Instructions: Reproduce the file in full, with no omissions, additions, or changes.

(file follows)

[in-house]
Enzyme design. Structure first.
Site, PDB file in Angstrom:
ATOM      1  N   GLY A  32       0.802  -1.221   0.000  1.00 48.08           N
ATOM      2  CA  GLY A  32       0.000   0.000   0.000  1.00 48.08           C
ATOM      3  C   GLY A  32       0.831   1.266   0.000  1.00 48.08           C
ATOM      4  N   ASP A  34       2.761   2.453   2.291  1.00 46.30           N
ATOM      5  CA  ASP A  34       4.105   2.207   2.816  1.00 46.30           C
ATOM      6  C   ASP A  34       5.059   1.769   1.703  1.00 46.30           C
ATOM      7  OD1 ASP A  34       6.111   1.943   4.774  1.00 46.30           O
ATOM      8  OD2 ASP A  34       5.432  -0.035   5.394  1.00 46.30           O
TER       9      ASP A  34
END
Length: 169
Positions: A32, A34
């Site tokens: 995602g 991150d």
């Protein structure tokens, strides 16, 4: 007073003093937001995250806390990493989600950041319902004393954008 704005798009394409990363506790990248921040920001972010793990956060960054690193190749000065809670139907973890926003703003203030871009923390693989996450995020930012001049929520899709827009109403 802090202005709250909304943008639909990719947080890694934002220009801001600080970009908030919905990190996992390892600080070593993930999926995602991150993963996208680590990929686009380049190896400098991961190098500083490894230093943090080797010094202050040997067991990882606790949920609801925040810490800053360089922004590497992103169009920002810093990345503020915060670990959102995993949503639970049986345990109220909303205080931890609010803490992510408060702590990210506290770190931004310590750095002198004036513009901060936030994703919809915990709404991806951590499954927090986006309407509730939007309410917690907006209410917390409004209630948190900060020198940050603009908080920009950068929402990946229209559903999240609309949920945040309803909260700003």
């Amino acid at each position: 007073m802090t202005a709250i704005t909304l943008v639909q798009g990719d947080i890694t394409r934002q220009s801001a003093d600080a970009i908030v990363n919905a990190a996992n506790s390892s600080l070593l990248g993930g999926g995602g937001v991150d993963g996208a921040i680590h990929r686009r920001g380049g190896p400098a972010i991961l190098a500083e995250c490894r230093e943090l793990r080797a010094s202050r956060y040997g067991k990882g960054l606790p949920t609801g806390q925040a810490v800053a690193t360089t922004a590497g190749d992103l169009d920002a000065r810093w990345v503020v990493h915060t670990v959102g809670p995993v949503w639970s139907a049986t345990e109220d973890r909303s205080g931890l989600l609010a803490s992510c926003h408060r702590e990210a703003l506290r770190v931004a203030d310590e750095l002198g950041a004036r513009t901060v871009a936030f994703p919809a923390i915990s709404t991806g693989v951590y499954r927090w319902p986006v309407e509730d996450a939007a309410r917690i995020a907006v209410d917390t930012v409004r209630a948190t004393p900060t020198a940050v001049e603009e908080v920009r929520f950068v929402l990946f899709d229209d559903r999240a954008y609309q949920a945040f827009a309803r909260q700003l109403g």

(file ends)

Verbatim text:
[in-house]
Enzyme design. Structure first.
Site, PDB file in Angstrom:
ATOM      1  N   GLY A  32       0.802  -1.221   0.000  1.00 48.08           N
ATOM      2  CA  GLY A  32       0.000   0.000   0.000  1.00 48.08           C
ATOM      3  C   GLY A  32       0.831   1.266   0.000  1.00 48.08           C
ATOM      4  N   ASP A  34       2.761   2.453   2.291  1.00 46.30           N
ATOM      5  CA  ASP A  34       4.105   2.207   2.816  1.00 46.30           C
ATOM      6  C   ASP A  34       5.059   1.769   1.703  1.00 46.30           C
ATOM      7  OD1 ASP A  34       6.111   1.943   4.774  1.00 46.30           O
ATOM      8  OD2 ASP A  34       5.432  -0.035   5.394  1.00 46.30           O
TER       9      ASP A  34
END
Length: 169
Positions: A32, A34
């Site tokens: 995602g 991150d």
């Protein structure tokens, strides 16, 4: 007073003093937001995250806390990493989600950041319902004393954008 704005798009394409990363506790990248921040920001972010793990956060960054690193190749000065809670139907973890926003703003203030871009923390693989996450995020930012001049929520899709827009109403 802090202005709250909304943008639909990719947080890694934002220009801001600080970009908030919905990190996992390892600080070593993930999926995602991150993963996208680590990929686009380049190896400098991961190098500083490894230093943090080797010094202050040997067991990882606790949920609801925040810490800053360089922004590497992103169009920002810093990345503020915060670990959102995993949503639970049986345990109220909303205080931890609010803490992510408060702590990210506290770190931004310590750095002198004036513009901060936030994703919809915990709404991806951590499954927090986006309407509730939007309410917690907006209410917390409004209630948190900060020198940050603009908080920009950068929402990946229209559903999240609309949920945040309803909260700003």
């Amino acid at each position: 007073m802090t202005a709250i704005t909304l943008v639909q798009g990719d947080i890694t394409r934002q220009s801001a003093d600080a970009i908030v990363n919905a990190a996992n506790s390892s600080l070593l990248g993930g999926g995602g937001v991150d993963g996208a921040i680590h990929r686009r920001g380049g190896p400098a972010i991961l190098a500083e995250c490894r230093e943090l793990r080797a010094s202050r956060y040997g067991k990882g960054l606790p949920t609801g806390q925040a810490v800053a690193t360089t922004a590497g190749d992103l169009d920002a000065r810093w990345v503020v990493h915060t670990v959102g809670p995993v949503w639970s139907a049986t345990e109220d973890r909303s205080g931890l989600l609010a803490s992510c926003h408060r702590e990210a703003l506290r770190v931004a203030d310590e750095l002198g950041a004036r513009t901060v871009a936030f994703p919809a923390i915990s709404t991806g693989v951590y499954r927090w319902p986006v309407e509730d996450a939007a309410r917690i995020a907006v209410d917390t930012v409004r209630a948190t004393p900060t020198a940050v001049e603009e908080v920009r929520f950068v929402l990946f899709d229209d559903r999240a954008y609309q949920a945040f827009a309803r909260q700003l109403g």